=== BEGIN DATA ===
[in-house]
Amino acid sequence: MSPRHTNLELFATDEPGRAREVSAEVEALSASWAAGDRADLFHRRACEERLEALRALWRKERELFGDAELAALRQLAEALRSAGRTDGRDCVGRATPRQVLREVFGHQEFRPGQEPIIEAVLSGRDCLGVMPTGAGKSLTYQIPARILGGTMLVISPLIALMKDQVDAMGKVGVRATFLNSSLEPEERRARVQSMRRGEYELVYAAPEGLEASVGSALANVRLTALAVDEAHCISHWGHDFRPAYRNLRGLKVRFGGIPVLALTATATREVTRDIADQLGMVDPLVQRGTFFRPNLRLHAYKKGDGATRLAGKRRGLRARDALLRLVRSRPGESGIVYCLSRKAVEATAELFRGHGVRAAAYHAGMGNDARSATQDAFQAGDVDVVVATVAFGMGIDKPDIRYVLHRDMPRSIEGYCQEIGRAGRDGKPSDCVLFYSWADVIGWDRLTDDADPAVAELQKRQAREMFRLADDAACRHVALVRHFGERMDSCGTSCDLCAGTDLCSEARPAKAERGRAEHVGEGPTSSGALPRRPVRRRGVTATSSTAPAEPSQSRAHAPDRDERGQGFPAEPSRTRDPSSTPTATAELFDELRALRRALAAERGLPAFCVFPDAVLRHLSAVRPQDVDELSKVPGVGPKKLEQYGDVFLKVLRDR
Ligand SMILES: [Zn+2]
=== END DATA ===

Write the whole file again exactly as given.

[in-house]
Amino acid sequence: MSPRHTNLELFATDEPGRAREVSAEVEALSASWAAGDRADLFHRRACEERLEALRALWRKERELFGDAELAALRQLAEALRSAGRTDGRDCVGRATPRQVLREVFGHQEFRPGQEPIIEAVLSGRDCLGVMPTGAGKSLTYQIPARILGGTMLVISPLIALMKDQVDAMGKVGVRATFLNSSLEPEERRARVQSMRRGEYELVYAAPEGLEASVGSALANVRLTALAVDEAHCISHWGHDFRPAYRNLRGLKVRFGGIPVLALTATATREVTRDIADQLGMVDPLVQRGTFFRPNLRLHAYKKGDGATRLAGKRRGLRARDALLRLVRSRPGESGIVYCLSRKAVEATAELFRGHGVRAAAYHAGMGNDARSATQDAFQAGDVDVVVATVAFGMGIDKPDIRYVLHRDMPRSIEGYCQEIGRAGRDGKPSDCVLFYSWADVIGWDRLTDDADPAVAELQKRQAREMFRLADDAACRHVALVRHFGERMDSCGTSCDLCAGTDLCSEARPAKAERGRAEHVGEGPTSSGALPRRPVRRRGVTATSSTAPAEPSQSRAHAPDRDERGQGFPAEPSRTRDPSSTPTATAELFDELRALRRALAAERGLPAFCVFPDAVLRHLSAVRPQDVDELSKVPGVGPKKLEQYGDVFLKVLRDR
Ligand SMILES: [Zn+2]